So, your creative juices have stopped flowing. Try as you might, you just can't seem to come up with a concept that inspires you.
How do you get rid of art block, and how did it get here in the first place? Let's take a look at ten creative pitfalls that can start up art block, and how we might be able to kick them to the curb.
When Burnout Takes Over
Sometimes, I love to fool myself into thinking I can work forever—super long hours, without any real need to recharge. Imagine the amount of content we could put out, if we never had to take a breather! If I had as many hours in a day as I have ideas, I'd have a lot of hours freely at my disposal. There just aren't enough hours in a day to do all the things I'd love to do, especially as a creative professional.
I'm not a machine—and even if I were, machines need maintenance and a power supply. Aside from physical and mental exhaustion, excessive work always seems to take a toll on my creativity. It's hard to feel inspired and motivated when your body and your mind are just plain old tired.
Let's get real here—this is especially heart-breaking when professional commitments leave us feeling overwhelmed and exhausted, with little room for passion projects or creative exploration. No one wants to feel burnt out, right? But bills need to get paid, and due dates need to be met. How do we feel inspired and creative under these circumstances?
The Value of Not Working
I get it—"take a break" is so easy to say, and "self-care" has become a popular phrase in recent years—but it's so much easier said than done. Life is full of commitments, responsibilities, and obligations. Even if they are an important part of life, they can also be wildly draining, if not a damper on our creativity.
So what do we do?
I'd like to propose the following—turning off work is essential, just as essential as working hard. Sometimes, we need to unplug and not think like a content creator. Just exist for a moment!
I used to think that "time off" meant "time for my other creative projects", but no. I mean real, genuine time for rest. Just let your mind breathe a little. This can be as simple as giving yourself a little time, every day, to just unwind, rest, and "be"—without thinking about what you're working on or what's due.
What do you like to do to relax and let go? Do you have a go-to routine for resting your mind and allowing your creative juices to recharge? It might be just what you need to get rid of that art block and return to your work with fresh eyes.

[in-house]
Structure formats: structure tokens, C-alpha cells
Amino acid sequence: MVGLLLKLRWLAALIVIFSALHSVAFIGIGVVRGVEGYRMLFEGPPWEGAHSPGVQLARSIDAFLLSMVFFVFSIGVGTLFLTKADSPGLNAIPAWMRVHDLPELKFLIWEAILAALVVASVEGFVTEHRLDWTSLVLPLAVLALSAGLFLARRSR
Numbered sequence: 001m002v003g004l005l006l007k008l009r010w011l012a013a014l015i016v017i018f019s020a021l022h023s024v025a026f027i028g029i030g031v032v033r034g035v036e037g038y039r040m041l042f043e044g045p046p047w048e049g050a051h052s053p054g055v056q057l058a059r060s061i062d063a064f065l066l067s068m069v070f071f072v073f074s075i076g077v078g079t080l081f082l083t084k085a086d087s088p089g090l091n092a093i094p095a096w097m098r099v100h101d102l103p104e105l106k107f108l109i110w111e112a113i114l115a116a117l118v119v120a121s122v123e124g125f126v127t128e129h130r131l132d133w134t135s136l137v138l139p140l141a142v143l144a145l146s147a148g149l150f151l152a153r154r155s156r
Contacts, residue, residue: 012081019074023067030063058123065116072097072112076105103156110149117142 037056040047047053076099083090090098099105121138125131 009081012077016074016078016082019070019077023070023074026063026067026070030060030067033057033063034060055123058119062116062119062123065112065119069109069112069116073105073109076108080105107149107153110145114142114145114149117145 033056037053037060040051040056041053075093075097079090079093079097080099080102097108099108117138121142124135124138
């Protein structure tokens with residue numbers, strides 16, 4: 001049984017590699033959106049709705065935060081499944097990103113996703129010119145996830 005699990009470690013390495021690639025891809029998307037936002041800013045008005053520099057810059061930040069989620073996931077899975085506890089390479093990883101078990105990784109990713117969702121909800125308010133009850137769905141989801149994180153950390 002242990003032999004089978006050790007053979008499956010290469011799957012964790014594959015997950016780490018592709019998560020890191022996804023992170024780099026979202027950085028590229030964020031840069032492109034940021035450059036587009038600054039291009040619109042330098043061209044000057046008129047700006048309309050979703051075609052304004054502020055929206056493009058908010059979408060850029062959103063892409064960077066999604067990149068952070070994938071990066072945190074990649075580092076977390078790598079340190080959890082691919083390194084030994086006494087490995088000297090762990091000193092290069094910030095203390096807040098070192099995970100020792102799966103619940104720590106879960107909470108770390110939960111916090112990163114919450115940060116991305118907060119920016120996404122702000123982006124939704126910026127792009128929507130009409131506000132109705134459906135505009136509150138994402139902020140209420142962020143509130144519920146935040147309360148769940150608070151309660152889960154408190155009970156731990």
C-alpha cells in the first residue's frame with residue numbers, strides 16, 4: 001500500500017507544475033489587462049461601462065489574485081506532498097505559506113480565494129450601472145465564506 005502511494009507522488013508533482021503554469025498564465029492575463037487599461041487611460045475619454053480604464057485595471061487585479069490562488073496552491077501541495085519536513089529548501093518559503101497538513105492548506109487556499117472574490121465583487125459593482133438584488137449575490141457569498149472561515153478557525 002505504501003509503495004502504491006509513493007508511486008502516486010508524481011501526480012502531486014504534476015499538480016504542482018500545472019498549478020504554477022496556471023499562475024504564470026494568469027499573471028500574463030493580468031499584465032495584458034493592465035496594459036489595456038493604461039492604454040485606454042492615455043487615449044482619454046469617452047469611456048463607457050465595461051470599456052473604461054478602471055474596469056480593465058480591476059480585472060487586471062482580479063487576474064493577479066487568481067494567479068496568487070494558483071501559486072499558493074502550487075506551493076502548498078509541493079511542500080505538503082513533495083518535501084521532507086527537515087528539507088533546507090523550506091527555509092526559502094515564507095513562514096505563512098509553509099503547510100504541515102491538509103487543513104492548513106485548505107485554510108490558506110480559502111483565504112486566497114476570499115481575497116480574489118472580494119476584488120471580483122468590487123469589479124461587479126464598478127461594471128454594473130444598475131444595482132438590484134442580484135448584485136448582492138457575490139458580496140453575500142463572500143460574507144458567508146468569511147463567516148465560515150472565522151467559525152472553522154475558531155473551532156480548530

When Everything's a Snore
Ever worked on a project and it just seems to go on forever? No matter what you do, the hours just slowly slink by, and everything starts to feel tedious.
I'm a creative person, so I thrive when my mind is stimulated and curious. In a perfect world, I'd always be working on something that has my heart in a tizzy, wildly excited and curious.
However, that's not always reality. It's not unusual to have a project that, while interesting and appreciated, isn't exactly a whirlwind romance.
Likewise, sometimes I just feel... bored, even with my own work. I'm a game developer, and after drawing thousands of sprites, it does get a little tedious, and, well... boring, sometimes.
"Bored" goes hand in hand with "uninspired" for me, and it can make my creativity feel sluggish. So what do you do when boredom takes a toll on your creativity?
Falling in Love Again
When I feel boredom setting in, I like to look at it as a red flag. It's time to not only mix things up but check myself, too.
I see my creative projects a lot like a relationship—sure, it's easy to be involved in the beginning, when puppy love sets in. Things are a lot harder when you're knee-deep in the development of a large project, and you've got to revise, troubleshoot, and rework content. That stuff can be stressful and a lot less exciting—but it's a part of reaching the finish line.
However, that's not to say I think the solution to boredom is "sucking it up". Rather, I like to remind myself of why I'm doing what I'm doing.
I think it's important to continually fall in love with your work. Enjoy and feel pride in your progress, no matter how small. Remind yourself of why you're doing this—and if there isn't an inspiring reason, maybe something has to change.
When Nothing's Ever Just Right
I think most of us out there want our work to be good. When you're a content creator, your work can feel especially personal. We pour our time and our hearts into making something, and then, in many cases, it's put out into the world for others to enjoy, consume, and observe.
Honestly, that's a little stressful, sometimes.
A friend and I were talking once, and we joked that 75% of an illustration is actually the last 1% of the entire drawing—when you stare, poke, adjust, observe, and tweak things to make sure it's just right. Of course, this was said in good humor, but it was an interesting look at the perfectionism that often plagued us both. A lot of time is potentially spent (or even wasted) on debating if the work is "perfect".
Ever been there?